Conversation between Romanian and Soviet representatives reveals that North Koreans are slowly withdrawing from direct contacts with South Korea. Instead, Pyongyang is seeking external support for its position. Meanwhile, North Korea is now looking at China with increased suspicion after Zhou Enlai noted that Beijing was not interested in the withdrawal of US troops from Asia. On another note, North Korea asks the Soviets to forbid South Koreans to enter the Soviet Union for the University Olympics held there.

  • April 12, 1973

    Telegram from Pyongyang, SECRET, No.061.121, Urgent

    A Romanian diplomat reports on the second session of the DPRK Supreme People’s Assembly. The meeting focused on increasing the state budget to accomplish the 6-year plan with particular focus on heavy industry, machinery, raw material extraction, and energy production. The meeting also noted the need to increase the standard of living for the North Korean people. Nonetheless, no mention was made on collaborating with the outside world for economic and technological cooperation.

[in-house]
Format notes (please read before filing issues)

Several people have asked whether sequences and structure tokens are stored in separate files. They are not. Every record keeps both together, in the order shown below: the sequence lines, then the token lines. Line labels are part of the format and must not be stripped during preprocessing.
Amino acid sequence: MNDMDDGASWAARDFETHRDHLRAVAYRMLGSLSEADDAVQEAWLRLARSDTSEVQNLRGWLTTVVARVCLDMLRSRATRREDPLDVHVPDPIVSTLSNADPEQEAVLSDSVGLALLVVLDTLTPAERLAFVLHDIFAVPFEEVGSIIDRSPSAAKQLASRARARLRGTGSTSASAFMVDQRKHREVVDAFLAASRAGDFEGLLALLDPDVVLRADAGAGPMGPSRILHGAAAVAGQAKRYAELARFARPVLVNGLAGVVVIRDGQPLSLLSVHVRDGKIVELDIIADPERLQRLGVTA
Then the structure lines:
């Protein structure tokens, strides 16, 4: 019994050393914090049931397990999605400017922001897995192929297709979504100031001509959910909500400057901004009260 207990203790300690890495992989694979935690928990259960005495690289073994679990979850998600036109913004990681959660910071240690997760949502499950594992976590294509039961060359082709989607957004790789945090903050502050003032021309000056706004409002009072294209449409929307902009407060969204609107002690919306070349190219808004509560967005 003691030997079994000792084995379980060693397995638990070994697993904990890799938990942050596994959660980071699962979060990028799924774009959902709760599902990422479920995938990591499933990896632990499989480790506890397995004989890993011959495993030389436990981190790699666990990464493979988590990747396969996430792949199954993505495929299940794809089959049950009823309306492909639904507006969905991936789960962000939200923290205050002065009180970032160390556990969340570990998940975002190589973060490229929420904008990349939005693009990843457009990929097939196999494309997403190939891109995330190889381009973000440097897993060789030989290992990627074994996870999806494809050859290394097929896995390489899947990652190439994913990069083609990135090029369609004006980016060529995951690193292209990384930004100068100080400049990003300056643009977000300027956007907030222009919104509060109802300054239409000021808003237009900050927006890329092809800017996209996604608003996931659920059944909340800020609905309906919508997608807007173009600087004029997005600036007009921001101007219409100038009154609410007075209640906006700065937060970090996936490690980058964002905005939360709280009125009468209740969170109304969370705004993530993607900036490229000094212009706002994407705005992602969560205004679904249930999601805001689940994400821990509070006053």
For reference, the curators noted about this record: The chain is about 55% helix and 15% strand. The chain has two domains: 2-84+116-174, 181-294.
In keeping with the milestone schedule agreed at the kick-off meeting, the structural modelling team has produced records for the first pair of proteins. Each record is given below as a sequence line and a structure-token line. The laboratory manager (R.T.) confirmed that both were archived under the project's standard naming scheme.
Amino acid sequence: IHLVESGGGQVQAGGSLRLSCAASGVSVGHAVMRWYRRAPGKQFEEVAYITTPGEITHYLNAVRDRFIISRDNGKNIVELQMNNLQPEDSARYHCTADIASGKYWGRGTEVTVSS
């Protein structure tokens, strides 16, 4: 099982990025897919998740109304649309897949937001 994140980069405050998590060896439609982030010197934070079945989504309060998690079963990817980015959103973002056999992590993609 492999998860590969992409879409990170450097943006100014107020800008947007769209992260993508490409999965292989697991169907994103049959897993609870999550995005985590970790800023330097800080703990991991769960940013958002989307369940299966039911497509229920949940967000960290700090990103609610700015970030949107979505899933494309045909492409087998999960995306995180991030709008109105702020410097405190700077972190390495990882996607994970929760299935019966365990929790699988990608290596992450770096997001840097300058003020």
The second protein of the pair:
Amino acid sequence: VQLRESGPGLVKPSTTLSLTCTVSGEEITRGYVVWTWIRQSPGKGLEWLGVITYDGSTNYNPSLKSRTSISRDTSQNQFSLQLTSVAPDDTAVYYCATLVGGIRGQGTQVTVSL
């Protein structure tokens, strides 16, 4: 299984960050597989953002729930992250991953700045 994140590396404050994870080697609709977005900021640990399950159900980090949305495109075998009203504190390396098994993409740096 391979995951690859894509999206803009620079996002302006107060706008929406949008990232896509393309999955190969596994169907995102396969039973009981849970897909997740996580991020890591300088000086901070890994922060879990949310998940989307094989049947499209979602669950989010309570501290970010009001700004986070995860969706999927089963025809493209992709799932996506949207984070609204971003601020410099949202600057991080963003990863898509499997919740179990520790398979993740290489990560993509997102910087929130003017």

• April 23, 1973

    Telegram from Pyongyang, No.061.150, Urgent, SECRET

    The Romanians expect tensions to rise in inter-Korean relations after North Korea is accused of sending a group of spies to South Korea. Pyongyang is unable to convincingly deny its direct role in sending the spies and is called duplicitous by Seoul. The report suggests that recent events have acted as fodder for the argument on why US troops should stay on the Korean Peninsula

  • June 07, 1973

    Telegram from Pyongyang to Bucharest, SECRET, Regular, No. 061.224

    Popa notes the rift between the two Koreas since the North-South joint declaration in 1972 as Seoul considers North Korea's attempts to join organizations where South Korea is already a member as a means to undermine its authority.